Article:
Stanford Synchrotron Radiation Lightsource
Date Published: November 25, 2008

Revealing a Structural Weakness of the Deadly Ebolavirus
summary written by Brad Plummer, SLAC Communication Office

Scientists are one step closer to conquering the deadly Ebolavirus, thanks to research conducted at SSRL structural biology Beam Lines 9-2 and 11-1 and ALS Beam Line 5.02 by a team of researchers led by Erica Ollmann Saphire from The Scripps Research Institute. The results were published in the July 10 edition of the journal Nature.

Using macromolecular crystallography techniques, the team solved the structure of a protein on the Ebolavirus's surface, called glycoprotein GP, in complex with a rare antibody identified in a human survivor. The glycoprotein-antibody complex proved especially challenging to crystallize and subsequently, to yield well-diffracting crystals. The team grew ~50,000 crystal samples and screened 800 of the largest, using in part the highly-automated robotics hardware and software at the SSRL beam lines, before finding a sample that would diffract to 3.4 Angstroms.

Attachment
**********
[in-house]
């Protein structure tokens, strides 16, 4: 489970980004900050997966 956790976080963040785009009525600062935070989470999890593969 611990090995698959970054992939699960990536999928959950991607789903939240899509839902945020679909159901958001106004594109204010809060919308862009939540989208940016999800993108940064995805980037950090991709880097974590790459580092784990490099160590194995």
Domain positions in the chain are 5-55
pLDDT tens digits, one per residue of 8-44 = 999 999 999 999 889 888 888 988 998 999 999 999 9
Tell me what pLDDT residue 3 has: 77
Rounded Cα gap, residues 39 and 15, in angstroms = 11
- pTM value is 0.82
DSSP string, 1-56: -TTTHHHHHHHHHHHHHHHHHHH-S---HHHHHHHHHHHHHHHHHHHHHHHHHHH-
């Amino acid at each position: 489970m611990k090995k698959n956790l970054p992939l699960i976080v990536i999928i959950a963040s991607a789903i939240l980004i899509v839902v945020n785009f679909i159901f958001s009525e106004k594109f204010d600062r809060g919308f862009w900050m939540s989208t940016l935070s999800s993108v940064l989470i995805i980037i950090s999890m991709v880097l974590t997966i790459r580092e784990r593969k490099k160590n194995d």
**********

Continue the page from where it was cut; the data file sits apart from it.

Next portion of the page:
The Ebolavirus causes a severe hemorrhagic fever with 50-90% lethality for which no vaccines or treatments are yet available. In order for Ebolavirus to infect a host, it must first recruit one of the host's own enzymes to uncover a portion of the glycoprotein required for infection. This work explains how GP reveals its host binding sites, drives fusion of the viral and host membranes, and disguises itself from surveillance of the immune system. The structure also explains why antibodies that neutralize the virus are so rare, identifies the very few locations on the Ebolavirus where an antibody might attach itself, and thus provides structural templates that can be used for developing vaccines and antibodies against the virus.

To learn more about this research see the full Scientific Highlight

Lee, J.E., Fusco, M.L., Oswald, W.B., Hessell, A.J., Burton, D.R., and Saphire, E.O. (2008) Structure of the Ebola virus glycoprotein bound to an antibody from a human survivor. Nature, 454:177-182.

SLAC National Accelerator Laboratory
Stanford University